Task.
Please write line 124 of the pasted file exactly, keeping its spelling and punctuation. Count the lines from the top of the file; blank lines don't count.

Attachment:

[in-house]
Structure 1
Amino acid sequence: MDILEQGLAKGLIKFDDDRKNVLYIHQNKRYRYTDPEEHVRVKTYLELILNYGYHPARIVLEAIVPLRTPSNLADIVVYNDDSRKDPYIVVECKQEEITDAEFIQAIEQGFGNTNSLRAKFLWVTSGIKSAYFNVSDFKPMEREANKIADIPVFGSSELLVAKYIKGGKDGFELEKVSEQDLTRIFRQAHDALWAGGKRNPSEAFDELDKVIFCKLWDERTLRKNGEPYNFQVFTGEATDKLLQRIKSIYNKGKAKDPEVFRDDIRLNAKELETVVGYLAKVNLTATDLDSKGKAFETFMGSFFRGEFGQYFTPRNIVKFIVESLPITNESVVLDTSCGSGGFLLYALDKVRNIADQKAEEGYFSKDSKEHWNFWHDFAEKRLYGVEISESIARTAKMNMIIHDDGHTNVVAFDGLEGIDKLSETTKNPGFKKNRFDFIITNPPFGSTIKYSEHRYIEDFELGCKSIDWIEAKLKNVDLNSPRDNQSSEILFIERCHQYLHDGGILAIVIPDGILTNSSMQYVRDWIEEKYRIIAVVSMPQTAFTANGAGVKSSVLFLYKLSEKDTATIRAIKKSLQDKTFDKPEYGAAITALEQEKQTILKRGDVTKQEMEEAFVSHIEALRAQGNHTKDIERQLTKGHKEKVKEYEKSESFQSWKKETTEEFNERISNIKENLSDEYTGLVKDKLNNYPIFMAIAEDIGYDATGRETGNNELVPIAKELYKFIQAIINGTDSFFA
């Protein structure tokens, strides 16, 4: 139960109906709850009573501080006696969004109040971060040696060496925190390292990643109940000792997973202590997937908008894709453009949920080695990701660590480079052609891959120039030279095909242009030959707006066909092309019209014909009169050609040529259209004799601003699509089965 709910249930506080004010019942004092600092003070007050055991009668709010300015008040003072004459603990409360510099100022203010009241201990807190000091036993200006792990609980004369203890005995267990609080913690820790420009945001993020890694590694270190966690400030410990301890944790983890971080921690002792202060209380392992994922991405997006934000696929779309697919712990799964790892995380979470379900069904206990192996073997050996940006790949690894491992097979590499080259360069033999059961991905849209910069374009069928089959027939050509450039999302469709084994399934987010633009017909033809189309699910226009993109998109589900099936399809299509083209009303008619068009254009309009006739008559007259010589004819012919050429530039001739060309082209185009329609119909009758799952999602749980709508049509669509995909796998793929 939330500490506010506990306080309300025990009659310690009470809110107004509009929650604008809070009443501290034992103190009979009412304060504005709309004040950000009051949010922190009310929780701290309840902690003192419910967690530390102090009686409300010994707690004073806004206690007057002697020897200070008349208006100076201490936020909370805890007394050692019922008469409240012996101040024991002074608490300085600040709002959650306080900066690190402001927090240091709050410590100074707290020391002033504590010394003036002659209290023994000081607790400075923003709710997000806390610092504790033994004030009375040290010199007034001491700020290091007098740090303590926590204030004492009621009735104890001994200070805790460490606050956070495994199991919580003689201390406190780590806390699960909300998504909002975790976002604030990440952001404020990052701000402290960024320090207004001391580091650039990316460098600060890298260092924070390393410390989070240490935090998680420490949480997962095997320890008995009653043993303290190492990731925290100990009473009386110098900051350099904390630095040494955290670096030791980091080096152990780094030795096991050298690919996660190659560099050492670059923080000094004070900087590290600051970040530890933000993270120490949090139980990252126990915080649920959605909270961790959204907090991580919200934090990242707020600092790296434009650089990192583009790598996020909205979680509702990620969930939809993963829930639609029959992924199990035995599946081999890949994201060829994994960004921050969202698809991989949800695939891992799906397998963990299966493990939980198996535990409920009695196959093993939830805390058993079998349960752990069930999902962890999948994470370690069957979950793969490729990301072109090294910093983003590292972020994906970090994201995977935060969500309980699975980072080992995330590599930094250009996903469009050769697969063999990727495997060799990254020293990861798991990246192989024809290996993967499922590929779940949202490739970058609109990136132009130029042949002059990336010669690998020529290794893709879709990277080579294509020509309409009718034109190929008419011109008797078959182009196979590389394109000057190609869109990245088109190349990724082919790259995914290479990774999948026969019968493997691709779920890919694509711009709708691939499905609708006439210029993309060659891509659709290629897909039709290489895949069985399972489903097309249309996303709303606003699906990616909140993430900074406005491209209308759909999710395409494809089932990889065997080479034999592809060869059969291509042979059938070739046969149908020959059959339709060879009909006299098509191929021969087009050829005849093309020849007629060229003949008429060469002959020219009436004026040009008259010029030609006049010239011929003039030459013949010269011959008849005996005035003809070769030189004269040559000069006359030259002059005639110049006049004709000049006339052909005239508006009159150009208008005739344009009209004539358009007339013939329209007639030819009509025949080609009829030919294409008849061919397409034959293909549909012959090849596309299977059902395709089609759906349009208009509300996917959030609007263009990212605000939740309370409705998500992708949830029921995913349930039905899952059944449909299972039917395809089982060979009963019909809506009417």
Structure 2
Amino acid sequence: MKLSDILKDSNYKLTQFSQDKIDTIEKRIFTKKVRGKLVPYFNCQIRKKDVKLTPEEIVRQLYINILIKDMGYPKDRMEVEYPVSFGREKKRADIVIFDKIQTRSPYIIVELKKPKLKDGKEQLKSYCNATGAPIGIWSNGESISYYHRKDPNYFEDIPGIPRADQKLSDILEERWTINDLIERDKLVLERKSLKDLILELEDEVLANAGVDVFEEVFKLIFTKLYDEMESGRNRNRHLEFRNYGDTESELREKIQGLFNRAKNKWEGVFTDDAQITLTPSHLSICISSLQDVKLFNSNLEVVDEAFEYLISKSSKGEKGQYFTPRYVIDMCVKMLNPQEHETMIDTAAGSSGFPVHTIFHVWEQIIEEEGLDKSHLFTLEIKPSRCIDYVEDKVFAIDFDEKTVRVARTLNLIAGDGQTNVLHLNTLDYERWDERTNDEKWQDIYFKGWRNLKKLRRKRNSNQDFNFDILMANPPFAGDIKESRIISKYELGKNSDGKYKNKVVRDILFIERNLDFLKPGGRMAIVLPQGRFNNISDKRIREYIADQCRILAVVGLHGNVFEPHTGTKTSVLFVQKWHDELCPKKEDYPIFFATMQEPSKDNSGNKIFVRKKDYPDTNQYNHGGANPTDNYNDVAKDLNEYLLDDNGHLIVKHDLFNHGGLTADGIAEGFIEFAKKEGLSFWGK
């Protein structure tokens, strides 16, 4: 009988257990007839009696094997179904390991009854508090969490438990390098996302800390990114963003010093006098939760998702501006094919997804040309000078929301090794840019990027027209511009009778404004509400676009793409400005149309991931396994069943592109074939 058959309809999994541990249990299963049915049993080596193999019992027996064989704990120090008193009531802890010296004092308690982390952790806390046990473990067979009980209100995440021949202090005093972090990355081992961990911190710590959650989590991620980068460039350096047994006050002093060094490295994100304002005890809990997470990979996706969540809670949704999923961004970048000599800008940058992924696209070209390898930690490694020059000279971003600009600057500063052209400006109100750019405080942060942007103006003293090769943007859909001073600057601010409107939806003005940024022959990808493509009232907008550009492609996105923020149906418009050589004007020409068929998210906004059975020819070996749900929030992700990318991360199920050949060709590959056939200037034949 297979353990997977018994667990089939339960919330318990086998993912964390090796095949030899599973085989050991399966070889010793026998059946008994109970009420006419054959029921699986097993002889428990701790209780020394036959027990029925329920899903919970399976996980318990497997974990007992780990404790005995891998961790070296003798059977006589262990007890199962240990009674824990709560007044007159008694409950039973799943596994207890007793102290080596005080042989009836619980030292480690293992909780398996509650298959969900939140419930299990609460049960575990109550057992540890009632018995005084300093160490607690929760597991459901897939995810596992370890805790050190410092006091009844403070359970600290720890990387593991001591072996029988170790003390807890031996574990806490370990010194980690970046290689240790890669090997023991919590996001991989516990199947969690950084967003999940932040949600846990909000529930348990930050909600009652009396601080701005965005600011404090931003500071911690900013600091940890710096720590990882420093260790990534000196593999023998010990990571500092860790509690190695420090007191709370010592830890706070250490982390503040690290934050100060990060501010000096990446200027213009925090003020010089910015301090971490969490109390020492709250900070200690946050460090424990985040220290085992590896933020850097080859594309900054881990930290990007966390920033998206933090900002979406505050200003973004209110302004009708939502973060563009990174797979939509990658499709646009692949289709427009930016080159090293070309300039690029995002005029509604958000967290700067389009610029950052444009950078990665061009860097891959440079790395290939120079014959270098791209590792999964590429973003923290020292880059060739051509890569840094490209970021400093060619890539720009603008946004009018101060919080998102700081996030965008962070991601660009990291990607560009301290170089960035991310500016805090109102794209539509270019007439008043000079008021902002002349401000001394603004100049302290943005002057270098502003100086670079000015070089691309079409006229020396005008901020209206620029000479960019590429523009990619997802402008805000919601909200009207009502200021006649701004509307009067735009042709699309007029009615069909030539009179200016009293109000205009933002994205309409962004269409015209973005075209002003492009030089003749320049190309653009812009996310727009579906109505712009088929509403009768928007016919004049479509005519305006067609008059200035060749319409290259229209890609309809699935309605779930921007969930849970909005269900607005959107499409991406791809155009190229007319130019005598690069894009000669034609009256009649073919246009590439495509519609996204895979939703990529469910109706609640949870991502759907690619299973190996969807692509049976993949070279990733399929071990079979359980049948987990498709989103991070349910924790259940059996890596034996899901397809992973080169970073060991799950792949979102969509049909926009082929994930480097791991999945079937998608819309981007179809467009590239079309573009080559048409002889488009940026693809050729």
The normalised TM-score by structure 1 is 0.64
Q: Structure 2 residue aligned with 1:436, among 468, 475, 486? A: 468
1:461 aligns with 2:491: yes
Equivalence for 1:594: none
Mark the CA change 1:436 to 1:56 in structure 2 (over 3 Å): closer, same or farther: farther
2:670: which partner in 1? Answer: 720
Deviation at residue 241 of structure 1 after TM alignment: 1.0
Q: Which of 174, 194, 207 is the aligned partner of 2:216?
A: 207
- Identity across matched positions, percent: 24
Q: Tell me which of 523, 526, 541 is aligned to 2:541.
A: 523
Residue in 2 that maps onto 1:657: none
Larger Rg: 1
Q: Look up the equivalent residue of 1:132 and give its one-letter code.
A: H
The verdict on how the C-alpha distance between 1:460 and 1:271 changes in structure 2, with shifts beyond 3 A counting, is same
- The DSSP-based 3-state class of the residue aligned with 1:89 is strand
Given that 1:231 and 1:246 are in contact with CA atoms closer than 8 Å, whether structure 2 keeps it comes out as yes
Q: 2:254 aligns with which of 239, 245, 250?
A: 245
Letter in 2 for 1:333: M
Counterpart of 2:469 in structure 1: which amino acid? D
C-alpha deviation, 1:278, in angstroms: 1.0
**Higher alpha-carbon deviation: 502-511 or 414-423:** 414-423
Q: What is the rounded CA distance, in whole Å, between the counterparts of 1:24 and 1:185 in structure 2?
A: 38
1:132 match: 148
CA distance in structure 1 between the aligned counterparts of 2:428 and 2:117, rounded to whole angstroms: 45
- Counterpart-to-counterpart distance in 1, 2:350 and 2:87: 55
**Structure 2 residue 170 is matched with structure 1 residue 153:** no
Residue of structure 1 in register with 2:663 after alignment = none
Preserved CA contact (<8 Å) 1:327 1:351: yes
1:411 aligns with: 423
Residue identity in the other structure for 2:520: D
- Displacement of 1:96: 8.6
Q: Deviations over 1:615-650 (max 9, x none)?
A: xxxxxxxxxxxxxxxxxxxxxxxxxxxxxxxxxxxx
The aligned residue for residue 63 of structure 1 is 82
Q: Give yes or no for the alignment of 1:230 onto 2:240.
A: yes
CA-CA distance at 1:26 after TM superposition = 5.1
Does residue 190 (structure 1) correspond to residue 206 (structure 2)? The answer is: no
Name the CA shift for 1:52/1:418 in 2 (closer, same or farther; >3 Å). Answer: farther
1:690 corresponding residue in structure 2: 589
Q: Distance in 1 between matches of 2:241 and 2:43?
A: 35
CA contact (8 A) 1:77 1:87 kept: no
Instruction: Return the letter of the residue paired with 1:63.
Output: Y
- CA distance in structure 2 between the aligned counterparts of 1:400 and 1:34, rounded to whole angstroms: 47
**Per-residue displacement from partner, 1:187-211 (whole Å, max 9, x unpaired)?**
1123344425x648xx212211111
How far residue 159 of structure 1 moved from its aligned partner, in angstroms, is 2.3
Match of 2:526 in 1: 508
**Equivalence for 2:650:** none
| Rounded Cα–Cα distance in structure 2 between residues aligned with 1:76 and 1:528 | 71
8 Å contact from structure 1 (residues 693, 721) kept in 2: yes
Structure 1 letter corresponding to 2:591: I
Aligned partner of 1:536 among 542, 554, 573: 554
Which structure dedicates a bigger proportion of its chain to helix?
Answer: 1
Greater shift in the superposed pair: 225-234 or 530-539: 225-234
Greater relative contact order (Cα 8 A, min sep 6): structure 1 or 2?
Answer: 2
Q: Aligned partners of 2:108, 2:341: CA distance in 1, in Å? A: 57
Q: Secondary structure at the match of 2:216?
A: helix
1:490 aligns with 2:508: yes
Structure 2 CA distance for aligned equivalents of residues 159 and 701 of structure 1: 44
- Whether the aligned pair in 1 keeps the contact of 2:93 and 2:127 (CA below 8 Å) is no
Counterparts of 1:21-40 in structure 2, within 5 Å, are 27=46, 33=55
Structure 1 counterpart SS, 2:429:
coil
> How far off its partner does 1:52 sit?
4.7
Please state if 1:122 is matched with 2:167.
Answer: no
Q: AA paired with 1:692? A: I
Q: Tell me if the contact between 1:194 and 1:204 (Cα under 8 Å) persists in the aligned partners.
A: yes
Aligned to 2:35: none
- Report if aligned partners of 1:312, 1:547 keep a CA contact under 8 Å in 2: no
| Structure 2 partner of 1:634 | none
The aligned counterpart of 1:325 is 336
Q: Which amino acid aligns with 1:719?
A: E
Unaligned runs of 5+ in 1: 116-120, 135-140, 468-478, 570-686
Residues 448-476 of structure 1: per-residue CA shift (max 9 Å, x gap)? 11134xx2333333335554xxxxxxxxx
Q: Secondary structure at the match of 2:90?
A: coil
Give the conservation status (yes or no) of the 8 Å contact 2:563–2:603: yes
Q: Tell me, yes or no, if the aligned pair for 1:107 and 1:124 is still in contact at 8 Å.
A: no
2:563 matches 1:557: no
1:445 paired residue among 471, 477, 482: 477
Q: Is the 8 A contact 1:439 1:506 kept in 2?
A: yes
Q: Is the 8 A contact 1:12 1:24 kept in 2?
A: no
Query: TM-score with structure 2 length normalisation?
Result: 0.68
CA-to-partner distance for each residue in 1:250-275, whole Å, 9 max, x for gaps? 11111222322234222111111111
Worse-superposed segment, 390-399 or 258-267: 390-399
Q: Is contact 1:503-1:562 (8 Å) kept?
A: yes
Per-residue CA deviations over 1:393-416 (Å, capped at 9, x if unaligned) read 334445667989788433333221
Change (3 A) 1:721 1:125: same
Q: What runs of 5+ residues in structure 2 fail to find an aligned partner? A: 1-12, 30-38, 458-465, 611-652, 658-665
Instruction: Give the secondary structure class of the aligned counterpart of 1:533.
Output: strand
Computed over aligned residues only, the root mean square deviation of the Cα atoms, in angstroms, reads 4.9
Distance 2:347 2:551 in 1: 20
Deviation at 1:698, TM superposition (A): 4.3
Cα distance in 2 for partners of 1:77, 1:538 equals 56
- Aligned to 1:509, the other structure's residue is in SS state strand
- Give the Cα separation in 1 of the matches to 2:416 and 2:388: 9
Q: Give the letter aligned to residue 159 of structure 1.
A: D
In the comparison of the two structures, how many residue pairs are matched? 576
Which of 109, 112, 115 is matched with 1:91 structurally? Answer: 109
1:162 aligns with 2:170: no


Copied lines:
- Give the Cα separation in 1 of the matches to 2:416 and 2:388: 9